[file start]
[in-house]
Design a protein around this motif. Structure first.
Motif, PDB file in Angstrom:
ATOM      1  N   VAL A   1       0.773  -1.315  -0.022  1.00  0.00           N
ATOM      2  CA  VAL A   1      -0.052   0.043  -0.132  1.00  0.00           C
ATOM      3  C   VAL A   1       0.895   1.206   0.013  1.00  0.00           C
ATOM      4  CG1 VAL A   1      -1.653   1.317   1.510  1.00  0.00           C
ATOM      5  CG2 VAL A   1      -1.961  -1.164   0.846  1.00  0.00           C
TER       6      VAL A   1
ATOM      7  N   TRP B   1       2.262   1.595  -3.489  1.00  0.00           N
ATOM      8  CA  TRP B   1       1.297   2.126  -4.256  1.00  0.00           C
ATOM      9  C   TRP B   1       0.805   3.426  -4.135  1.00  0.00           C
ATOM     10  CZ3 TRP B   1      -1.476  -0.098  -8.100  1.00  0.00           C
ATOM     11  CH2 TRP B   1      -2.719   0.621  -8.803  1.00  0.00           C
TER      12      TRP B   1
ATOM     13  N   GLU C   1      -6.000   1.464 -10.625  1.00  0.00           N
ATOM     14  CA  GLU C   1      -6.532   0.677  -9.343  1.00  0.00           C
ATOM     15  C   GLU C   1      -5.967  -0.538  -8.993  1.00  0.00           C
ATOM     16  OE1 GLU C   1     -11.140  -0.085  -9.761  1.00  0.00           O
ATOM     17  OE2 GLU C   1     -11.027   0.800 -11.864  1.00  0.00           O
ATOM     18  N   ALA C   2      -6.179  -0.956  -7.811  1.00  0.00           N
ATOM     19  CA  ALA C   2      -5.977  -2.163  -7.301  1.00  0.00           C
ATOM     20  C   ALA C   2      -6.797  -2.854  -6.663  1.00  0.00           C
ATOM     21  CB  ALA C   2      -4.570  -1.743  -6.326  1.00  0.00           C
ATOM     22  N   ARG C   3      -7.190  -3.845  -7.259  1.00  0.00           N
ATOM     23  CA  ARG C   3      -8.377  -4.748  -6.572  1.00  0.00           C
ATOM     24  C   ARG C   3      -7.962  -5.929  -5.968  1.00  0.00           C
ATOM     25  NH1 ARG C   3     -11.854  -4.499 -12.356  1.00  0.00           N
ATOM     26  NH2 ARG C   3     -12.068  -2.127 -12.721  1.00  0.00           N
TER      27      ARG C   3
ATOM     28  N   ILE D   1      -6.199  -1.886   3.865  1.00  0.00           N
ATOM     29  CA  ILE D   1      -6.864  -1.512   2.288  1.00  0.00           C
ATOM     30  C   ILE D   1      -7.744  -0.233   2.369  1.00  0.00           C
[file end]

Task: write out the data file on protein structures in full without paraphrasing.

[in-house]
Design a protein around this motif. Structure first.
Motif, PDB file in Angstrom:
ATOM      1  N   VAL A   1       0.773  -1.315  -0.022  1.00  0.00           N
ATOM      2  CA  VAL A   1      -0.052   0.043  -0.132  1.00  0.00           C
ATOM      3  C   VAL A   1       0.895   1.206   0.013  1.00  0.00           C
ATOM      4  CG1 VAL A   1      -1.653   1.317   1.510  1.00  0.00           C
ATOM      5  CG2 VAL A   1      -1.961  -1.164   0.846  1.00  0.00           C
TER       6      VAL A   1
ATOM      7  N   TRP B   1       2.262   1.595  -3.489  1.00  0.00           N
ATOM      8  CA  TRP B   1       1.297   2.126  -4.256  1.00  0.00           C
ATOM      9  C   TRP B   1       0.805   3.426  -4.135  1.00  0.00           C
ATOM     10  CZ3 TRP B   1      -1.476  -0.098  -8.100  1.00  0.00           C
ATOM     11  CH2 TRP B   1      -2.719   0.621  -8.803  1.00  0.00           C
TER      12      TRP B   1
ATOM     13  N   GLU C   1      -6.000   1.464 -10.625  1.00  0.00           N
ATOM     14  CA  GLU C   1      -6.532   0.677  -9.343  1.00  0.00           C
ATOM     15  C   GLU C   1      -5.967  -0.538  -8.993  1.00  0.00           C
ATOM     16  OE1 GLU C   1     -11.140  -0.085  -9.761  1.00  0.00           O
ATOM     17  OE2 GLU C   1     -11.027   0.800 -11.864  1.00  0.00           O
ATOM     18  N   ALA C   2      -6.179  -0.956  -7.811  1.00  0.00           N
ATOM     19  CA  ALA C   2      -5.977  -2.163  -7.301  1.00  0.00           C
ATOM     20  C   ALA C   2      -6.797  -2.854  -6.663  1.00  0.00           C
ATOM     21  CB  ALA C   2      -4.570  -1.743  -6.326  1.00  0.00           C
ATOM     22  N   ARG C   3      -7.190  -3.845  -7.259  1.00  0.00           N
ATOM     23  CA  ARG C   3      -8.377  -4.748  -6.572  1.00  0.00           C
ATOM     24  C   ARG C   3      -7.962  -5.929  -5.968  1.00  0.00           C
ATOM     25  NH1 ARG C   3     -11.854  -4.499 -12.356  1.00  0.00           N
ATOM     26  NH2 ARG C   3     -12.068  -2.127 -12.721  1.00  0.00           N
TER      27      ARG C   3
ATOM     28  N   ILE D   1      -6.199  -1.886   3.865  1.00  0.00           N
ATOM     29  CA  ILE D   1      -6.864  -1.512   2.288  1.00  0.00           C
ATOM     30  C   ILE D   1      -7.744  -0.233   2.369  1.00  0.00           C